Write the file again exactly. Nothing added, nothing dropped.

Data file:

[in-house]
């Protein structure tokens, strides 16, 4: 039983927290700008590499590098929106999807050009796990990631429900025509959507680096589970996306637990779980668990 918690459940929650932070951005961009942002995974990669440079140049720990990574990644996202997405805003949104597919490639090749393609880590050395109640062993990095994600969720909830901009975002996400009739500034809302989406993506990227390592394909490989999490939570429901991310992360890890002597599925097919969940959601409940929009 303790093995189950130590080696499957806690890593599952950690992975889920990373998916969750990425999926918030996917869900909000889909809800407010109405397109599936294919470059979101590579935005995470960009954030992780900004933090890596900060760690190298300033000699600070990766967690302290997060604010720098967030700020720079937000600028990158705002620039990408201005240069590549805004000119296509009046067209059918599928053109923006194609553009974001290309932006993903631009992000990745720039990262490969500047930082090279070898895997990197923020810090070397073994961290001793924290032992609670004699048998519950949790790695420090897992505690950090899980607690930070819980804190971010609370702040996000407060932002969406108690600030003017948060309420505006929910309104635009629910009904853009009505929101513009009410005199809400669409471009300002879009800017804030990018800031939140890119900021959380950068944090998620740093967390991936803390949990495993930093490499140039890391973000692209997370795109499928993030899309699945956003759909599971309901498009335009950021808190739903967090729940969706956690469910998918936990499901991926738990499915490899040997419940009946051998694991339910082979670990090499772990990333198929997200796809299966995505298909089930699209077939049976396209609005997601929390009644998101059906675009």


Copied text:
[in-house]
């Protein structure tokens, strides 16, 4: 039983927290700008590499590098929106999807050009796990990631429900025509959507680096589970996306637990779980668990 918690459940929650932070951005961009942002995974990669440079140049720990990574990644996202997405805003949104597919490639090749393609880590050395109640062993990095994600969720909830901009975002996400009739500034809302989406993506990227390592394909490989999490939570429901991310992360890890002597599925097919969940959601409940929009 303790093995189950130590080696499957806690890593599952950690992975889920990373998916969750990425999926918030996917869900909000889909809800407010109405397109599936294919470059979101590579935005995470960009954030992780900004933090890596900060760690190298300033000699600070990766967690302290997060604010720098967030700020720079937000600028990158705002620039990408201005240069590549805004000119296509009046067209059918599928053109923006194609553009974001290309932006993903631009992000990745720039990262490969500047930082090279070898895997990197923020810090070397073994961290001793924290032992609670004699048998519950949790790695420090897992505690950090899980607690930070819980804190971010609370702040996000407060932002969406108690600030003017948060309420505006929910309104635009629910009904853009009505929101513009009410005199809400669409471009300002879009800017804030990018800031939140890119900021959380950068944090998620740093967390991936803390949990495993930093490499140039890391973000692209997370795109499928993030899309699945956003759909599971309901498009335009950021808190739903967090729940969706956690469910998918936990499901991926738990499915490899040997419940009946051998694991339910082979670990090499772990990333198929997200796809299966995505298909089930699209077939049976396209609005997601929390009644998101059906675009």